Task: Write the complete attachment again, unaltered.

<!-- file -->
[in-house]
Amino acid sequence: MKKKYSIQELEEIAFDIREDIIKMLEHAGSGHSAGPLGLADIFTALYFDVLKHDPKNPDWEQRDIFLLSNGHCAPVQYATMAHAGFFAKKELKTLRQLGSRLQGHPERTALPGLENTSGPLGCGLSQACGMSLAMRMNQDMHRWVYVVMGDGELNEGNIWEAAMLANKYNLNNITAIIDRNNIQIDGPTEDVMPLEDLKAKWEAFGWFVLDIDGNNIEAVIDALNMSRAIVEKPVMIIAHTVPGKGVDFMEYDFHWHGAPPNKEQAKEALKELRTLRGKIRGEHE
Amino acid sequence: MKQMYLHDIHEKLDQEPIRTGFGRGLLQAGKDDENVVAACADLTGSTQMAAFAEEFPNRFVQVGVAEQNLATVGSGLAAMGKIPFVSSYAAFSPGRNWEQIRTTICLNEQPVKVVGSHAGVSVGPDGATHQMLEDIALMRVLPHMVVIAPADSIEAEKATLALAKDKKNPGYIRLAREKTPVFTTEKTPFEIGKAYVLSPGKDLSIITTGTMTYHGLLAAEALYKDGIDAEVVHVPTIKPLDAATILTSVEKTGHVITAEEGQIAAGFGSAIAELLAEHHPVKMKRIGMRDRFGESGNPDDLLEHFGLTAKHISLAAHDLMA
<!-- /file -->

[in-house]
Amino acid sequence: MKKKYSIQELEEIAFDIREDIIKMLEHAGSGHSAGPLGLADIFTALYFDVLKHDPKNPDWEQRDIFLLSNGHCAPVQYATMAHAGFFAKKELKTLRQLGSRLQGHPERTALPGLENTSGPLGCGLSQACGMSLAMRMNQDMHRWVYVVMGDGELNEGNIWEAAMLANKYNLNNITAIIDRNNIQIDGPTEDVMPLEDLKAKWEAFGWFVLDIDGNNIEAVIDALNMSRAIVEKPVMIIAHTVPGKGVDFMEYDFHWHGAPPNKEQAKEALKELRTLRGKIRGEHE
Amino acid sequence: MKQMYLHDIHEKLDQEPIRTGFGRGLLQAGKDDENVVAACADLTGSTQMAAFAEEFPNRFVQVGVAEQNLATVGSGLAAMGKIPFVSSYAAFSPGRNWEQIRTTICLNEQPVKVVGSHAGVSVGPDGATHQMLEDIALMRVLPHMVVIAPADSIEAEKATLALAKDKKNPGYIRLAREKTPVFTTEKTPFEIGKAYVLSPGKDLSIITTGTMTYHGLLAAEALYKDGIDAEVVHVPTIKPLDAATILTSVEKTGHVITAEEGQIAAGFGSAIAELLAEHHPVKMKRIGMRDRFGESGNPDDLLEHFGLTAKHISLAAHDLMA